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23.2.2000 EN C 51/97Official Journal of the European Communities
Opinion of the Economic and Social Committee on ‘The European Union’s Forestry Strategy’
(2000/C 51/23)On 29 April 1999 the Economic and Social Committee, acting under Rule 23(2) of its Rules of Procedure,decided to draw up an additional opinion on ‘The European Union’s Forestry Strategy’.The Section for Agriculture, Rural Development and the Environment, which was responsible forpreparing the Committee’s work on the subject, adopted its opinion on 16 November 1999. Therapporteur was Mr Kallio and the co-rapporteur Mr Wilms.At its 368th plenary session on 8 and 9 December 1999 (meeting of 9 December), the Economic andSocial Committee adopted the following opinion by 53 votes to seven, with seven abstentions.1.
1.1.6. On 5 October 1999 the Commission adopted acommunication on ‘The state of the competitiveness of the EUforest-based and related industries’.1.1.
From the own-initiative opinion of the Economic and SocialCommittee to an EU forestry strategy
The EU and international forestry policy
1.1.1. The European Commission published a communi-cation on EU forestry strategy on 18 November 1998 inresponse to an own-initiative report by the European Parlia-1.2.1. During the 1990s the European forestry debate hasment. On15 December 1998 the Councilof Ministersadoptedfocused mainly on defining and implementing the principlesa resolution on EU forestry strategy based on the Commissionof sustainable forestry. At the 1993 pan-European Ministerialcommunication.Conference in Helsinki, Resolution H1 defined sustainableforest management as: ‘the stewardship and use of forests andforest lands in a way, and at a rate, that maintains their1.1.2. The European Parliament drafted the so-calledbiodiversity, productivity, regeneration capacity, vitality andThomas Report of 31 January 1997 on EU forestry strategy,their potential to fulfil, now and in the future, relevanttaking advantage for the first time of the right provided by ecological, economic and social functions, at local, nationalArticle 138b of the Treaty to draft own-initiative reports. In itsand global levels, and that does not cause damage to otherreport, the Parliament asked the Commission to draw up asystems’. Forestry must be practised in a way which isproposal for an EU forestry strategy.economically, ecologically and biologically and socially andculturally sustainable. The EU has also been actively involvedin developing international forestry policy. The principles1.1.3. On 24 April 1997 the Economic and Social Com-of sustainable development and sustainable forestry weremittee adopted an own-initiative opinion(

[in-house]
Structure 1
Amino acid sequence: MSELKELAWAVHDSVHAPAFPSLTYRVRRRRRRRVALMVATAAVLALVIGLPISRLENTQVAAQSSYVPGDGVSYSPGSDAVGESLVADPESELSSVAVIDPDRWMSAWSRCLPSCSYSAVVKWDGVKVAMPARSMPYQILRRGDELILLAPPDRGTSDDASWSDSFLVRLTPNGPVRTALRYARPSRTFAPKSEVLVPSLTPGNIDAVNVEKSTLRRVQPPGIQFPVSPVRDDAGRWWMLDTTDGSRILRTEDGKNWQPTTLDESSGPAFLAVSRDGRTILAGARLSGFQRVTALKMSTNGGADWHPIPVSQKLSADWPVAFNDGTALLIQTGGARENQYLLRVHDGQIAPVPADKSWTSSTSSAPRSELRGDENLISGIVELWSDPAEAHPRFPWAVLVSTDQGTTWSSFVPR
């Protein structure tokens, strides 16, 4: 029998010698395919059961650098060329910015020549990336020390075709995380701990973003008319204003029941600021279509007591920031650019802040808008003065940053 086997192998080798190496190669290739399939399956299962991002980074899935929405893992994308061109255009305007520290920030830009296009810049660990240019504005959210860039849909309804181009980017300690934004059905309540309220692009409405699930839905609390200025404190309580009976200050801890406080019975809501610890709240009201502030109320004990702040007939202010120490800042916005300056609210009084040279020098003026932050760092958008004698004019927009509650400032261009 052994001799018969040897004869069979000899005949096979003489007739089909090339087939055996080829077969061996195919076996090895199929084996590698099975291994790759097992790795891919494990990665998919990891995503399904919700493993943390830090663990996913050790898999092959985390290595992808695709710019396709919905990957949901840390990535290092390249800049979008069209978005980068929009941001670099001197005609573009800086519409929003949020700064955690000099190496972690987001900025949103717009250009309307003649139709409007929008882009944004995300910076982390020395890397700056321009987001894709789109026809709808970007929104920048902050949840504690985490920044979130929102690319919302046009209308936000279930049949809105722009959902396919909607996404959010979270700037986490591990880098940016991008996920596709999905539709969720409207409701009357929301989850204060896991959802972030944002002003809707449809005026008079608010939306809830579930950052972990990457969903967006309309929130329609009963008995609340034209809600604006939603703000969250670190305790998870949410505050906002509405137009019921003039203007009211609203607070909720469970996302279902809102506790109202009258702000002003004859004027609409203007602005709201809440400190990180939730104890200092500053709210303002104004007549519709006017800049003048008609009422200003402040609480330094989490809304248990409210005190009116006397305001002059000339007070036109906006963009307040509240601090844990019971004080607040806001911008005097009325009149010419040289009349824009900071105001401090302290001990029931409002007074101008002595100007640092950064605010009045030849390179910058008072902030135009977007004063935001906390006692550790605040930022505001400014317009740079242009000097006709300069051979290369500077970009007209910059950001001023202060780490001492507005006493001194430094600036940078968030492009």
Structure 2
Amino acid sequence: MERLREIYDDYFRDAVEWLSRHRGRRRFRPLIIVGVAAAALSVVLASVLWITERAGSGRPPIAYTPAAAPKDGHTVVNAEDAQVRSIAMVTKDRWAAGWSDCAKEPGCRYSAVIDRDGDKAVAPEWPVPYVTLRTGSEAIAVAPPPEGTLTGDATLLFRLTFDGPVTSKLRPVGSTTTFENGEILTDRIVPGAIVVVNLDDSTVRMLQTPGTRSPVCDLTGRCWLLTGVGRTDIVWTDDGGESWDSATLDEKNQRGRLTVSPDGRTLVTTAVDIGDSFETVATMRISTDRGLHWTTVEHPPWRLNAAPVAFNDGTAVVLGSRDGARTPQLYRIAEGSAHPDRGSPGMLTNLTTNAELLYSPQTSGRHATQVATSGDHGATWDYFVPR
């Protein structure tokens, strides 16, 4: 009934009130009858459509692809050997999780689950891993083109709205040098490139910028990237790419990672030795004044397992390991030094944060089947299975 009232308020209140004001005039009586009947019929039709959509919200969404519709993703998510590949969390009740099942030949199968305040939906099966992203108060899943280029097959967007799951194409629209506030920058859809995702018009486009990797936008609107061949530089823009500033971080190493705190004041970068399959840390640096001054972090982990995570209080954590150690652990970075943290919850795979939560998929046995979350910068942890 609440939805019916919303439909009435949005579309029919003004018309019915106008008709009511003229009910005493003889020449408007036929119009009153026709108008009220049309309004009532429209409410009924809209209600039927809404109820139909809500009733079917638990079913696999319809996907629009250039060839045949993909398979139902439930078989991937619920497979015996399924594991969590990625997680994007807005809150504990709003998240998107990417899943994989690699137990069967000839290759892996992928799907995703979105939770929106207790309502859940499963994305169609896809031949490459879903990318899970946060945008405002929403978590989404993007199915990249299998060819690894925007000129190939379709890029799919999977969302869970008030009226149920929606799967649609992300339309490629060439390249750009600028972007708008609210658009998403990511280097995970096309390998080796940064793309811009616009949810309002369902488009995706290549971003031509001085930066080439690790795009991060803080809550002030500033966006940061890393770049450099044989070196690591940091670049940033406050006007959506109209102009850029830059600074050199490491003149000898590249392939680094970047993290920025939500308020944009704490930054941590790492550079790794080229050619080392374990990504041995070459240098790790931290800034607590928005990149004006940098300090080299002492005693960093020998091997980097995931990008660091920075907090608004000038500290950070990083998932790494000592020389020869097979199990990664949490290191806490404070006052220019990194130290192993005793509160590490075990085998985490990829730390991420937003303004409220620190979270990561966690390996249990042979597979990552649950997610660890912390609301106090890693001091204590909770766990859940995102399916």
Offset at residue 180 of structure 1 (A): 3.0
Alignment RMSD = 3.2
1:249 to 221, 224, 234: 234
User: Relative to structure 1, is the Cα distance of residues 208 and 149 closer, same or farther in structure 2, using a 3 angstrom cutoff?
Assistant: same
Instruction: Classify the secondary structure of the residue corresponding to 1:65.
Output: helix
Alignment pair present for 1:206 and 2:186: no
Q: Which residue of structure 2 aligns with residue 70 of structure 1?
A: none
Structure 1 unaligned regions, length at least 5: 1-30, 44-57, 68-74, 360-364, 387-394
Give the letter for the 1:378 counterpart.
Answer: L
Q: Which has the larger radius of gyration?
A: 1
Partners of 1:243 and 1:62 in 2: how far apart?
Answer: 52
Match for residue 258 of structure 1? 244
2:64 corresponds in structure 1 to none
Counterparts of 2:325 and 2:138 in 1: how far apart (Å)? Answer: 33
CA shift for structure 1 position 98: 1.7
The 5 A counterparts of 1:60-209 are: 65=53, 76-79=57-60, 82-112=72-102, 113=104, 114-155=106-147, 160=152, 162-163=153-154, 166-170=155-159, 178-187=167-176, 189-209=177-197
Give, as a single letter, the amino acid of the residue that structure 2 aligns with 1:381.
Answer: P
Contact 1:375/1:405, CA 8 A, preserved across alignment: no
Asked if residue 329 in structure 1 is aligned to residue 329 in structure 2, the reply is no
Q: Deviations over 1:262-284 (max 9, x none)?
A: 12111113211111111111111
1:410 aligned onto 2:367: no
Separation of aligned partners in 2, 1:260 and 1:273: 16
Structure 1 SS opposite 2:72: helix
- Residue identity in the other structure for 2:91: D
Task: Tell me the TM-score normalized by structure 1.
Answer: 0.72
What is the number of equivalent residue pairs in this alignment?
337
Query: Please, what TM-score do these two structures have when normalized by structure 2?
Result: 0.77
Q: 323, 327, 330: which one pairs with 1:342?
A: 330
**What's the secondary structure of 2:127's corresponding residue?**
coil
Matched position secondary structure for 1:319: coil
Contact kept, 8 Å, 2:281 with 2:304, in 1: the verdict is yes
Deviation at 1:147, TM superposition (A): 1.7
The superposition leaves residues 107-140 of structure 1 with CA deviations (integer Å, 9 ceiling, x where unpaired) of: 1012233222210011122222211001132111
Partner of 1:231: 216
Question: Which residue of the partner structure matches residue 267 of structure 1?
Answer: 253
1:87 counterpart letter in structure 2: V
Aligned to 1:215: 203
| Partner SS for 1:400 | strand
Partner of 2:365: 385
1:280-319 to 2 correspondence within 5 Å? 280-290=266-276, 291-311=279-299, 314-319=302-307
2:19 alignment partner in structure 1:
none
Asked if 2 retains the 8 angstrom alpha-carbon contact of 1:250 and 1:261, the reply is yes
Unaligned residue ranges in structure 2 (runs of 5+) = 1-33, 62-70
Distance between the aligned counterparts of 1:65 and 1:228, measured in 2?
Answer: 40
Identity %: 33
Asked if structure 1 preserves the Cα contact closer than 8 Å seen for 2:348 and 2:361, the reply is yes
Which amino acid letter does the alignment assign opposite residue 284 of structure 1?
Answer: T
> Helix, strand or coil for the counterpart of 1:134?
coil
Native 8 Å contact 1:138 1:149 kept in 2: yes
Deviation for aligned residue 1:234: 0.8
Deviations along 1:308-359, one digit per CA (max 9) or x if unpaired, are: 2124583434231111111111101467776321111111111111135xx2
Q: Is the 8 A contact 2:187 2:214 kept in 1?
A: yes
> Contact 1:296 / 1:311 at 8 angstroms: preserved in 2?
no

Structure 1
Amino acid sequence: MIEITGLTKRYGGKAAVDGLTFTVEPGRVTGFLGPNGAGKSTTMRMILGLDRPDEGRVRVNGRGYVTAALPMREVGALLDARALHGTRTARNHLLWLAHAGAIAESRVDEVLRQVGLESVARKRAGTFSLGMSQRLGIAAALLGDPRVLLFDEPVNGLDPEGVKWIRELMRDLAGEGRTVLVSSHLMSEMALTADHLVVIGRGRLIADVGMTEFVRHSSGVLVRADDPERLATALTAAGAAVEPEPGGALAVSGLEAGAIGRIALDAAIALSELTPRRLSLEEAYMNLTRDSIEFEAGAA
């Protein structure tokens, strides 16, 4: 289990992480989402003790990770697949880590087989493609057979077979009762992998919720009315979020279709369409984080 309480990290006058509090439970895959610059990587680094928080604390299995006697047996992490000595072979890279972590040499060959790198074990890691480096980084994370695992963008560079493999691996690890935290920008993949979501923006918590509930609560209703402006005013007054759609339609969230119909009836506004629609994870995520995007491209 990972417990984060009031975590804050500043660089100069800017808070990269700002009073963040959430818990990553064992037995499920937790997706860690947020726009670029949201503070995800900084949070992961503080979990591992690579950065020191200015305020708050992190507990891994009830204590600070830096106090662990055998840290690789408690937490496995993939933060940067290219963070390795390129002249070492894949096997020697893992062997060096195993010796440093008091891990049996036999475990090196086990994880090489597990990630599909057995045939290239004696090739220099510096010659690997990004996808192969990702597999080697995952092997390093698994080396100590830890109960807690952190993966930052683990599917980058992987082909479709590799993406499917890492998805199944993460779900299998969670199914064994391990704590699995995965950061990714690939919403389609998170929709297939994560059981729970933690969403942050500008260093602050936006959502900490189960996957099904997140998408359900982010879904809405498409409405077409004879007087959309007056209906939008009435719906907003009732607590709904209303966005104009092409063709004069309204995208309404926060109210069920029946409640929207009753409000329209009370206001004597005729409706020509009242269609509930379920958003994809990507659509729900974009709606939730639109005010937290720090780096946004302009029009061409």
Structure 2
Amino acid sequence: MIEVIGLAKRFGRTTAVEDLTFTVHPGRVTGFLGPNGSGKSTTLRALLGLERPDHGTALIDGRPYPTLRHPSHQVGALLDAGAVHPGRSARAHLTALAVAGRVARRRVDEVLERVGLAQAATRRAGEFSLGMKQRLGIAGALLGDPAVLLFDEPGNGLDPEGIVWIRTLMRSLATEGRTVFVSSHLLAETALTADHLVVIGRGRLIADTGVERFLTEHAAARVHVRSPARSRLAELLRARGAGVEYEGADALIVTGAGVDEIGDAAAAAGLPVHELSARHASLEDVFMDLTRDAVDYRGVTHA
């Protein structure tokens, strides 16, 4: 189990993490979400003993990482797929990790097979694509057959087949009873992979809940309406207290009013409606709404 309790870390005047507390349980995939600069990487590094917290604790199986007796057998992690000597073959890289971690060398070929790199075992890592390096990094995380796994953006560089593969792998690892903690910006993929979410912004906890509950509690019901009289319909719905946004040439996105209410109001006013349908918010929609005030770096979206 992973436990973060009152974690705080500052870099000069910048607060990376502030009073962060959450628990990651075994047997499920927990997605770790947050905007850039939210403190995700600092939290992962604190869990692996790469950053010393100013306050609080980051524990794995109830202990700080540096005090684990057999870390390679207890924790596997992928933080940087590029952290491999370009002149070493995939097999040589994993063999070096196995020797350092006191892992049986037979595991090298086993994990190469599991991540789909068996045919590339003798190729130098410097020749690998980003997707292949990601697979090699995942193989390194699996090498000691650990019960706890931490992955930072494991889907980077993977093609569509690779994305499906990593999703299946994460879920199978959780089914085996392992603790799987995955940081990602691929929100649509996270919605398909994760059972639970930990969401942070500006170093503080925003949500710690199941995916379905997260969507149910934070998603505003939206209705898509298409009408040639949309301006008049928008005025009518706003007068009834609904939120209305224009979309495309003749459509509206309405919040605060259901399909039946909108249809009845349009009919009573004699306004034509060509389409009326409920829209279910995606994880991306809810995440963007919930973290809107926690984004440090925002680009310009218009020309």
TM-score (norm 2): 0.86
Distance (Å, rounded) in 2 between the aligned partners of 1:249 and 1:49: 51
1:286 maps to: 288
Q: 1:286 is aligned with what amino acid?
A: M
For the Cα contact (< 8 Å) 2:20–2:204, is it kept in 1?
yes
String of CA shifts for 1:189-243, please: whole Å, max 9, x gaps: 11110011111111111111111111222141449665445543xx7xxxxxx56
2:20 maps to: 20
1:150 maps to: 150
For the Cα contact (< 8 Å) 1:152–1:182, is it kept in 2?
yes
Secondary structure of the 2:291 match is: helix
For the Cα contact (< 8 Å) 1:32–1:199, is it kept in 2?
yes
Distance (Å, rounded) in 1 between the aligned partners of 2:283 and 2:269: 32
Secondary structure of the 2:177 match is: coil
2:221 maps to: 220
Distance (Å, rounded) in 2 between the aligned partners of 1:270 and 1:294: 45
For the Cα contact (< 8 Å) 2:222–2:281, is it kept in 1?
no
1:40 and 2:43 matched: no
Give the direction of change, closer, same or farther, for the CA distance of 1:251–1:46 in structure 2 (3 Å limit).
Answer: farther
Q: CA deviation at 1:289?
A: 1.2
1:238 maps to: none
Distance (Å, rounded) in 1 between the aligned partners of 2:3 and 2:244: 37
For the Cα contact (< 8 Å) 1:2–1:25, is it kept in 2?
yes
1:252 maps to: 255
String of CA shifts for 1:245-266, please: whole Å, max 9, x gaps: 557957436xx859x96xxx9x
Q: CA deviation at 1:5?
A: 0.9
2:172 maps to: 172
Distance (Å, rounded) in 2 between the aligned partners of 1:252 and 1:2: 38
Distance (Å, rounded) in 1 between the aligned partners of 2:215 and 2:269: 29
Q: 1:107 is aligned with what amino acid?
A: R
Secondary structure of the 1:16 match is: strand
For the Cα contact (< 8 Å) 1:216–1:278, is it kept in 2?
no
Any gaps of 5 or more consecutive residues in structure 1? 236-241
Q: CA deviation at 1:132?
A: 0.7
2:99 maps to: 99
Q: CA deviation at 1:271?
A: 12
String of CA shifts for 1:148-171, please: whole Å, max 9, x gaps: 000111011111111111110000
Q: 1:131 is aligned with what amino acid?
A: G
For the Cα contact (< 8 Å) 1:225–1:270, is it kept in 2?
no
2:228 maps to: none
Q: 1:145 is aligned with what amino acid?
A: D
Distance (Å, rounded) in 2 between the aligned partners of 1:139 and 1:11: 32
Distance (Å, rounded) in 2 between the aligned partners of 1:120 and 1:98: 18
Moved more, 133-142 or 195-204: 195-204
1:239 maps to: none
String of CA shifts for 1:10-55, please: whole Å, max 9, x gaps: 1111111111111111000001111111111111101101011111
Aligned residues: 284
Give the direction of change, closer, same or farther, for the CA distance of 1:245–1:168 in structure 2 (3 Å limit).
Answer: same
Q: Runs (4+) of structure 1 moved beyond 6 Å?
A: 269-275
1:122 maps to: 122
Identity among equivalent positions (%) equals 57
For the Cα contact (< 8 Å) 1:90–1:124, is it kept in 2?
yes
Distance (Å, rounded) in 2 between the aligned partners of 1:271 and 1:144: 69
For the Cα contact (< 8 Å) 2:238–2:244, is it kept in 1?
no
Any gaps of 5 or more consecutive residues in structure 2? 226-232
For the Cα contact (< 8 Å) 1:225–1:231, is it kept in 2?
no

) on the situationestablished by the United Nations Conference on Environmentand problems of forestry in the European Union and theand Development at Rio de Janeiro in 1992. The forestry potential for developing forestry policies.principles adopted at Rio have proved to be extremelimportant in recent years, even though they are not legally binding. The Food and Agriculture Organisation of the United1.1.4. On 19 November 1997 the Committee of theNations (FAO) has also proved to be an important forum forRegions adopted an opinion(
) on the management, use andinternational forestry policy.protection of forests in the EU.1.2.2. Since Rio, European countries have held three minis-1.1.5. The Commission adopted its Agenda 2000 reportterial conferences on the protection of forests(
) to promotein July 1997. It included comprehensive reforms to theimplementation of the documents approved at Rio. Thisdevelopment of EU funding for the years 2000-2006, reformpan-European processis ongoing. Since theMinisterial Confer-of the agricultural policy, as well as reform of both structuralence held in Helsinki, European criteria and indicators forand regional policy. In March 1998 the Commission adoptedsustainable forestry have been agreed upon which encompassthe draft legislation for Agenda 2000 and the package wasthe basic elements of sustainable forestry, including economic,approved at the Berlin Summit on 26 March 1999. In thisenvironmental, social and cultural factors.document forests are dealt with under the Regulation on RuralDevelopment.